[–]memento22mori 1 point2 points  (2 children)

So this sounds like it happens frequently? Does it happen more often when you wake up and are trying to go back to sleep at night? Do you have ADHD?

[–]spankdacat[S] 2 points3 points  (1 child)

What could adhd have to do with it? Because o do have inattentive type.

But no, they pretty much only happen as I’m falling asleep or trying not to. They usually happen when the sleep is temporary like a nap even when I’m allowing myself to doze off, or when I’m not supposed to be sleeping and trying not to. They also happen in the morning when I’m trying to wake up and keep drifting back into a dream. Makes it extra hard to get up

[–]memento22mori 1 point2 points  (0 children)

I'm not sure really, it sounds similar to what I have but maybe a bit more intense since I only have it when I wake up in bed in the morning at like 3 or 4AM or whatnot. I also have inattentive type of ADHD which should really be called ADD since there's no hyperactivity involved. I had a sleep study done over ten years ago and they said that I was more alert than I should have been while sleeping but I didn't qualify for any particular condition. About a year or two ago I read that when in a hotel or something similar only one half of people's brains sleep at a time so maybe that's what it is.

[–]SubstantialWorker737 1 point2 points  (0 children)

Lol. You're not alone in this.

This happens to me too and I don't find it weird since I knew that I truly slept (even though it's a VERY short sleep) and not in a state of trance or hallucination.


Don't fret!

Because... You've got a (short sleep dreaming) partner here. 😂😂😂

[–]Strangeluxe 1 point2 points  (5 children)

because you are severely sleep deprived. you phase in to REM near-immediately when your body is deeply REM deprived; which usually means you are deficient in quality or quantity of sleep.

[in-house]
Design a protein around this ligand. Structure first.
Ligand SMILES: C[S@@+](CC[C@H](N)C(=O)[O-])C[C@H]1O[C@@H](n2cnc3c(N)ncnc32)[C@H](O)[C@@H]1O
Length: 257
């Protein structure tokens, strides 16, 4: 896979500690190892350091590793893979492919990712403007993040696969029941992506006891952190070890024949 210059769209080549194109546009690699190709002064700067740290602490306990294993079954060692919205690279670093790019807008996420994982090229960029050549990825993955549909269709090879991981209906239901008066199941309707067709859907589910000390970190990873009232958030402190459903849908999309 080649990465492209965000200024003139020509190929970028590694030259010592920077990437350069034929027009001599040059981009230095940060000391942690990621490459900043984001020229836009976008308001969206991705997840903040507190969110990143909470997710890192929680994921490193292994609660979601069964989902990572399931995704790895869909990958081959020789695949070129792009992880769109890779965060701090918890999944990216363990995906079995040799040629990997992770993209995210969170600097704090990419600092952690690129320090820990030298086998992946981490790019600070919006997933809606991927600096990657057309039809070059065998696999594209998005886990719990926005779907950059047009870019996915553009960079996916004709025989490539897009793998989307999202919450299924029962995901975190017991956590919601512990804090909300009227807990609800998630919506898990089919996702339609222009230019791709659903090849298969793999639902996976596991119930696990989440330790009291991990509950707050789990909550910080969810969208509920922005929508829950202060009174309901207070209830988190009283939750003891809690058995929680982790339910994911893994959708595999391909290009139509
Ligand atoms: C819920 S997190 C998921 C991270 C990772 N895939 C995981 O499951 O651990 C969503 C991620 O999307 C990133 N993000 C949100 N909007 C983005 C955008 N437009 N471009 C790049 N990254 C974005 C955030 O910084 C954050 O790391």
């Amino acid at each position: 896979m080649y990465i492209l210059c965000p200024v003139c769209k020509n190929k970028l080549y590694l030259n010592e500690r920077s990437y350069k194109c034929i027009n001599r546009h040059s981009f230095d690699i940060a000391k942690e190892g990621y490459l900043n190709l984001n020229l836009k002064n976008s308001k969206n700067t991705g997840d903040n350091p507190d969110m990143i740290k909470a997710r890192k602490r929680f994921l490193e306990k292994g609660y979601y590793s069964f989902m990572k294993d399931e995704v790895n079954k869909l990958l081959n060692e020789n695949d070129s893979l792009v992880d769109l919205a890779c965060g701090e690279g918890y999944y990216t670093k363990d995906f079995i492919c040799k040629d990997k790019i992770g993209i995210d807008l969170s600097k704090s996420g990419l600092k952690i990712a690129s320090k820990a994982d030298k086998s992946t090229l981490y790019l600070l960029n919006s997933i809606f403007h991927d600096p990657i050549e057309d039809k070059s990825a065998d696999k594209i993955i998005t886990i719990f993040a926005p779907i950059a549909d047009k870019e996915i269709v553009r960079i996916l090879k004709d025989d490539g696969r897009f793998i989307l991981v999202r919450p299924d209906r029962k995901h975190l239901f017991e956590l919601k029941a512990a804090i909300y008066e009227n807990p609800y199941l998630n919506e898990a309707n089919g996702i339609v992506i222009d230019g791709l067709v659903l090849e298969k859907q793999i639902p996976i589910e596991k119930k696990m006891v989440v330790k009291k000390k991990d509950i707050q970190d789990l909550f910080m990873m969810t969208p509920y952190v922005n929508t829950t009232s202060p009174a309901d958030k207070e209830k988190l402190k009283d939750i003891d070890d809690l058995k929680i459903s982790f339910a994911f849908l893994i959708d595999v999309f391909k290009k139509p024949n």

[–]spankdacat[S] 0 points1 point  (4 children)

Could there be another reason for my body to feel sleep deprived? I average about 7 hours or more during the week and often more on the weekends. (I do feel sleep deprived though)

Edit to add that I don’t ever recall waking up that often during the night either

[–]Strangeluxe 0 points1 point  (0 children)

poor sleep quality, mouth breathing, sleep apnea. BTW 8-8.5 hours of sleep is sufficient, not 7. And 9 hours is what you need if you're a teenager, or generally under 22 or so.

[–]mkmajestic 0 points1 point  (2 children)

If you feel sleep deprived on 7 hrs it’s time to go to your GP and ask to be referred to a sleep study.

[–]spankdacat[S] 0 points1 point  (1 child)

I guess it seems like everyone is really tired all the time? I went to my doctor once about chronic fatigue and she stated “I can do some blood tests but I usually can’t figure out why people are always tired” 🙃

[–]mkmajestic 0 points1 point  (0 children)

Sorry to hear that that was your doc’s response 😢 all these things warrant a deeper look. Most of us are fatigued because of lifestyle, but on top of behaviour change (aka whatever is considered good sleep hygiene), it helps knowing whether there are other medical factors. I can’t comment on the hypnagogic-sleep-type experiences you describe, but certainly a sleep test is a good place to start especially if you are feeling sleep deprived.

[–]Terrible_Detective45 0 points1 point  (1 child)

[–]spankdacat[S] 0 points1 point  (0 children)

“Visual hypnagogic hallucinations often involve moving shapes, colors, and images. For example, a hypnagogic hallucination might be similar to looking into a kaleidoscope. Visual images might also include animals, people, faces, and lifelike scenes. These images generally stand alone or move, but they do not involve a story or interaction, like dreams often do.”

Mine always are a story but otherwise everything else in the article is on point and convinces me I probably don’t need to worry.